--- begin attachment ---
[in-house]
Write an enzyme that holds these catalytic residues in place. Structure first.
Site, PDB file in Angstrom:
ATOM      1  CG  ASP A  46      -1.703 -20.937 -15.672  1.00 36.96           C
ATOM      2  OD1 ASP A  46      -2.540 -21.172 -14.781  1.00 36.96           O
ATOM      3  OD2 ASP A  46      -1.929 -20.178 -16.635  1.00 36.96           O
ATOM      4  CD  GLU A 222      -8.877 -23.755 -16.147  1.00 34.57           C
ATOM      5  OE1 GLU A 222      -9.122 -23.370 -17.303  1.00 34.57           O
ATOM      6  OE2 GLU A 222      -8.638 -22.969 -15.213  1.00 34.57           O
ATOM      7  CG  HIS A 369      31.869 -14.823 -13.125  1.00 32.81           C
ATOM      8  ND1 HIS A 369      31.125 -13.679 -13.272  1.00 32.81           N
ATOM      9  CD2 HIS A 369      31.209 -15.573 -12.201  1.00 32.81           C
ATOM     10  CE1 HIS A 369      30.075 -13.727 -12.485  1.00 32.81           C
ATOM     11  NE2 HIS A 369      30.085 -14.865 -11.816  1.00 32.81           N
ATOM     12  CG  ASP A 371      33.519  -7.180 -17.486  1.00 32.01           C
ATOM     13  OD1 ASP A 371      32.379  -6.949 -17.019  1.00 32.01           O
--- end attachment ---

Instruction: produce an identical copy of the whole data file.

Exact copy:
[in-house]
Write an enzyme that holds these catalytic residues in place. Structure first.
Site, PDB file in Angstrom:
ATOM      1  CG  ASP A  46      -1.703 -20.937 -15.672  1.00 36.96           C
ATOM      2  OD1 ASP A  46      -2.540 -21.172 -14.781  1.00 36.96           O
ATOM      3  OD2 ASP A  46      -1.929 -20.178 -16.635  1.00 36.96           O
ATOM      4  CD  GLU A 222      -8.877 -23.755 -16.147  1.00 34.57           C
ATOM      5  OE1 GLU A 222      -9.122 -23.370 -17.303  1.00 34.57           O
ATOM      6  OE2 GLU A 222      -8.638 -22.969 -15.213  1.00 34.57           O
ATOM      7  CG  HIS A 369      31.869 -14.823 -13.125  1.00 32.81           C
ATOM      8  ND1 HIS A 369      31.125 -13.679 -13.272  1.00 32.81           N
ATOM      9  CD2 HIS A 369      31.209 -15.573 -12.201  1.00 32.81           C
ATOM     10  CE1 HIS A 369      30.075 -13.727 -12.485  1.00 32.81           C
ATOM     11  NE2 HIS A 369      30.085 -14.865 -11.816  1.00 32.81           N
ATOM     12  CG  ASP A 371      33.519  -7.180 -17.486  1.00 32.01           C
ATOM     13  OD1 ASP A 371      32.379  -6.949 -17.019  1.00 32.01           O